Showing posts with label myofascial release. Show all posts
Showing posts with label myofascial release. Show all posts

Jun 18, 2013

Putting The "soft" Back Into Soft Tissue: Video Post

Hey all! New video for you all today that follows the same theme as my last blog post regarding foam rolling. I hope you all learn something and sorry for my amateur videography. I forgot to comment on it in the video but it is important to note that these gains in mobility are only temporary.

However, this treatment can and should (in this case, she as she is still restricted in terms of mobility) be combined with other treatments like joint mobs, Mulligan MWM's and repeated end-range plantar flexion. This will produce a synergistic effect and reapplication can help lock in the temporary gains.

Jun 14, 2013

Are you foam rolling too hard?

These no longer need be modern torture devices for the physically active!

I just had an idea come to me as I was working to correct a few dysfunctions of my own. I don’t always have another person or practitioner to perform soft-tissue mobilization on myself and I’m sure you don’t either. When this is the case I turn to items like foam rollers, lacrosse balls, and variations of “The Stick”. In the past, I used to think that if I wasn’t wincing and sweating from the self-inflicted pain then I wasn’t going hard enough. I also used to spread this masochistic premise to my patients and athletes. I used to believe that I was deforming the fascia/collagen/soft tissues or causing ischemic compression to “trigger points” and often left myself and others with bruises!

More recently, I have been finding that less is best sometimes when it comes to soft tissue work. I now use a model based on stimulating the central nervous system. This stimulus to common patterns results in transient reductions in tone and improved mobility. There are several advantages to using the “less is best” approach.

May 18, 2013

Hip Extension For Runners: Importance, Restrictions, and Quickies for Improvement.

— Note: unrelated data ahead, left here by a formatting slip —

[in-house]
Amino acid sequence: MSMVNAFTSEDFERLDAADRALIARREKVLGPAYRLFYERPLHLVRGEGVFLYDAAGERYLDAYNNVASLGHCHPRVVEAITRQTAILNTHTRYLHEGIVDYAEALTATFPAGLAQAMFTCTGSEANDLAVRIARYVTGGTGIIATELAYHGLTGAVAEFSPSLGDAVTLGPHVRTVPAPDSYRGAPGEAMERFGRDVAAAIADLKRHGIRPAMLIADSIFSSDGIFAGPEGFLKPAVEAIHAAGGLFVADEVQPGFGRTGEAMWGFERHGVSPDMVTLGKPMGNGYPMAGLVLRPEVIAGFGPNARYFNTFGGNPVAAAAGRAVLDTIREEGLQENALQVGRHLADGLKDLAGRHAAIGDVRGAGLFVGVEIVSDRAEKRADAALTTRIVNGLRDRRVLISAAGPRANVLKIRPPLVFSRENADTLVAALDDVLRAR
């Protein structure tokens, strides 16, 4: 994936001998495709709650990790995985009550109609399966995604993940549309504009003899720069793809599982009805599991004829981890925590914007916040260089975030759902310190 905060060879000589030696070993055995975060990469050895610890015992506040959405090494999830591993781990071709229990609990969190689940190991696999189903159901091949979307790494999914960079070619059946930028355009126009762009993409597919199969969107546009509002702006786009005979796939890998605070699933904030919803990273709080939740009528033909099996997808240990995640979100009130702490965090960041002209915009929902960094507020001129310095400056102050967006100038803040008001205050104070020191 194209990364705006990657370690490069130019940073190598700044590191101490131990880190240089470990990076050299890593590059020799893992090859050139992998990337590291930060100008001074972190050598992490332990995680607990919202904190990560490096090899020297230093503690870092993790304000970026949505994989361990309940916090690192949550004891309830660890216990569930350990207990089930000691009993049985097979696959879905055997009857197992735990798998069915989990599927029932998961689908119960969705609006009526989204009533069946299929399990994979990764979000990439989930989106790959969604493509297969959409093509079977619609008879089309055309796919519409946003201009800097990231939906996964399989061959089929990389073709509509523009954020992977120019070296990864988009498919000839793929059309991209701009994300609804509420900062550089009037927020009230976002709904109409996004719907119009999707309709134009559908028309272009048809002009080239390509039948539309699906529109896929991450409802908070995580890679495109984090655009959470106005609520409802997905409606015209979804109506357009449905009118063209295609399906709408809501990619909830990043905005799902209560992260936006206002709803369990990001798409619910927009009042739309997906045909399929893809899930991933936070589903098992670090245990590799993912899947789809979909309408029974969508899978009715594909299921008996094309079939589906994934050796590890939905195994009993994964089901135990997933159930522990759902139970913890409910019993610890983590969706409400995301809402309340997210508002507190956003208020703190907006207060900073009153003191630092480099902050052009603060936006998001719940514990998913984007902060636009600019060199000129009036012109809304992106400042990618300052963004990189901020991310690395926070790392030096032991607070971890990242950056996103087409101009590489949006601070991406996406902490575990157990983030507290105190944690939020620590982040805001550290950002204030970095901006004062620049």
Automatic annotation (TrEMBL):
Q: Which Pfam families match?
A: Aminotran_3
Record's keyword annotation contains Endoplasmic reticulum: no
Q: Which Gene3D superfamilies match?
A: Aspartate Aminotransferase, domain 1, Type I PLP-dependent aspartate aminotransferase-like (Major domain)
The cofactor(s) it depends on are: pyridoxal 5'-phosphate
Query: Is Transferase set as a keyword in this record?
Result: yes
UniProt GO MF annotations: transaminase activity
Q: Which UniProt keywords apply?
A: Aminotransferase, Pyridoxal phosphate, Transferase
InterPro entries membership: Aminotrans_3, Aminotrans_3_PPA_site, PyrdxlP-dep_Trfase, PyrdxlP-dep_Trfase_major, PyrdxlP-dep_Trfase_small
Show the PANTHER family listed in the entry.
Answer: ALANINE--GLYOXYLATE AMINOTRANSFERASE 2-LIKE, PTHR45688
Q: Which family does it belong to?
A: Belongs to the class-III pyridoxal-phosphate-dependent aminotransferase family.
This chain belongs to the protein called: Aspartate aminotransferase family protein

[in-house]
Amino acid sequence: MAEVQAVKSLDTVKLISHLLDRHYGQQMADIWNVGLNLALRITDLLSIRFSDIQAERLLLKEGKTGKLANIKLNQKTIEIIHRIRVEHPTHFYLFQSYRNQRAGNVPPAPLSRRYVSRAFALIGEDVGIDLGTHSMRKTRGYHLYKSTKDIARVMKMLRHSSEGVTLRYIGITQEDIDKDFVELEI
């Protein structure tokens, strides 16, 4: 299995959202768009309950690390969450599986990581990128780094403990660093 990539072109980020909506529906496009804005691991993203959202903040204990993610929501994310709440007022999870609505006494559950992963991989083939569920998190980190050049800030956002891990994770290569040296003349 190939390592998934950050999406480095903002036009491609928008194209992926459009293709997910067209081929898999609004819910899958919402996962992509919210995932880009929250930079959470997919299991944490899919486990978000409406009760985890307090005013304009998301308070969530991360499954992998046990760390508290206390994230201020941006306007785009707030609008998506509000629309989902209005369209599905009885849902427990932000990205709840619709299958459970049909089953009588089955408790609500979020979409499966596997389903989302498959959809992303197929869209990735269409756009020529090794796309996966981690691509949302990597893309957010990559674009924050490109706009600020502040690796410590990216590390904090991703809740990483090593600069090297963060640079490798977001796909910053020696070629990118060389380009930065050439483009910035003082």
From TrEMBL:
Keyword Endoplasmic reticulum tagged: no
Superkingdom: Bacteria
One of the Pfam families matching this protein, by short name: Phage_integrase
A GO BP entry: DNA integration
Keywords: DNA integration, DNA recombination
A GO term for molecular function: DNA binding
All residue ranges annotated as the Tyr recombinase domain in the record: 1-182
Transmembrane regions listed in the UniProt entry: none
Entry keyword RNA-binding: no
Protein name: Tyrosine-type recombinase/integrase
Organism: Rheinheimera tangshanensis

Sufficient hip extension is vital for proper running gait, form, posture and efficiency. Inhibited or restricted hip extension in running can result in:
  • Over-striding
  • Decreased running economy
  • Poor movement patterns
  • Potential risk for injury and/or compensation up and down the kinetic chain

The Gluteus Maximus is the primary hip extensor and the strongest muscle in the body. It is hypothesized that our massive glute max relative to other primates is due to an evolutionary adaptation. This allowed better bipedal locomotion and enhanced our running ability. Proper activation of the glute max and hip extension motion is needed for most primitive and basic movement patterns, especially skills requiring power. This is evident in many basic power skills such as:
  • Squatting/Deadlifting
  • Sprinting/Running
  • Throwing
  • Punching
  • Jumping
  • Bridging of the hips
  • Swinging an object like a club, baseball bat or golf club.

Limitations in hip extension or gluteus maximus activation can also affect static postures like standing by influencing pelvic tilt, motor control activation strategies, lumbar curve and ultimately the body's center of gravity. For more reasons on why "running is all in the hips", see James Dunne's great post, here.


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